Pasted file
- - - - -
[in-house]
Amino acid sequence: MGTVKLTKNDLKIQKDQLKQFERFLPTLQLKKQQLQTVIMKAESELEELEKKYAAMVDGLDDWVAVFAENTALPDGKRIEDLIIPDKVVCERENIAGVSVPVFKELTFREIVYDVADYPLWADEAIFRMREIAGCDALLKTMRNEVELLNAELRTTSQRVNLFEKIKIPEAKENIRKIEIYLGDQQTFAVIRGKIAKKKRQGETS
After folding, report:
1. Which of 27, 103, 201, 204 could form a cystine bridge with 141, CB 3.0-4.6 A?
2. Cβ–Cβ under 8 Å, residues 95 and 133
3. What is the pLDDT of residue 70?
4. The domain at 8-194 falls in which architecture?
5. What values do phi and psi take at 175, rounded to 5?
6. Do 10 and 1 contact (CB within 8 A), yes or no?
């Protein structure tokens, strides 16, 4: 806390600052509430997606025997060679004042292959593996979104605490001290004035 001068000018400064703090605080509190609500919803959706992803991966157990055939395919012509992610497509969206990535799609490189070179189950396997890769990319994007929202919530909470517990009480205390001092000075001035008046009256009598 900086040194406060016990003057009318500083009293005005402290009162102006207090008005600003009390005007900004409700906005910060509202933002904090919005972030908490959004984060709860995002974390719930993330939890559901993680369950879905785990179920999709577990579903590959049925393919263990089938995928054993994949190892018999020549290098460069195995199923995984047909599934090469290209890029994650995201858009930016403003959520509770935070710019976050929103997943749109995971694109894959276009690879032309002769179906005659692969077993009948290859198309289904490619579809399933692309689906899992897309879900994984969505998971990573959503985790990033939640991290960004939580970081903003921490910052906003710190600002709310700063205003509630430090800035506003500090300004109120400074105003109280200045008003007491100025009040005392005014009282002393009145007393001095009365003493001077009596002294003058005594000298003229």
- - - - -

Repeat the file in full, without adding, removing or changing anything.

[in-house]
Amino acid sequence: MGTVKLTKNDLKIQKDQLKQFERFLPTLQLKKQQLQTVIMKAESELEELEKKYAAMVDGLDDWVAVFAENTALPDGKRIEDLIIPDKVVCERENIAGVSVPVFKELTFREIVYDVADYPLWADEAIFRMREIAGCDALLKTMRNEVELLNAELRTTSQRVNLFEKIKIPEAKENIRKIEIYLGDQQTFAVIRGKIAKKKRQGETS
After folding, report:
1. Which of 27, 103, 201, 204 could form a cystine bridge with 141, CB 3.0-4.6 A?
2. Cβ–Cβ under 8 Å, residues 95 and 133
3. What is the pLDDT of residue 70?
4. The domain at 8-194 falls in which architecture?
5. What values do phi and psi take at 175, rounded to 5?
6. Do 10 and 1 contact (CB within 8 A), yes or no?
């Protein structure tokens, strides 16, 4: 806390600052509430997606025997060679004042292959593996979104605490001290004035 001068000018400064703090605080509190609500919803959706992803991966157990055939395919012509992610497509969206990535799609490189070179189950396997890769990319994007929202919530909470517990009480205390001092000075001035008046009256009598 900086040194406060016990003057009318500083009293005005402290009162102006207090008005600003009390005007900004409700906005910060509202933002904090919005972030908490959004984060709860995002974390719930993330939890559901993680369950879905785990179920999709577990579903590959049925393919263990089938995928054993994949190892018999020549290098460069195995199923995984047909599934090469290209890029994650995201858009930016403003959520509770935070710019976050929103997943749109995971694109894959276009690879032309002769179906005659692969077993009948290859198309289904490619579809399933692309689906899992897309879900994984969505998971990573959503985790990033939640991290960004939580970081903003921490910052906003710190600002709310700063205003509630430090800035506003500090300004109120400074105003109280200045008003007491100025009040005392005014009282002393009145007393001095009365003493001077009596002294003058005594000298003229």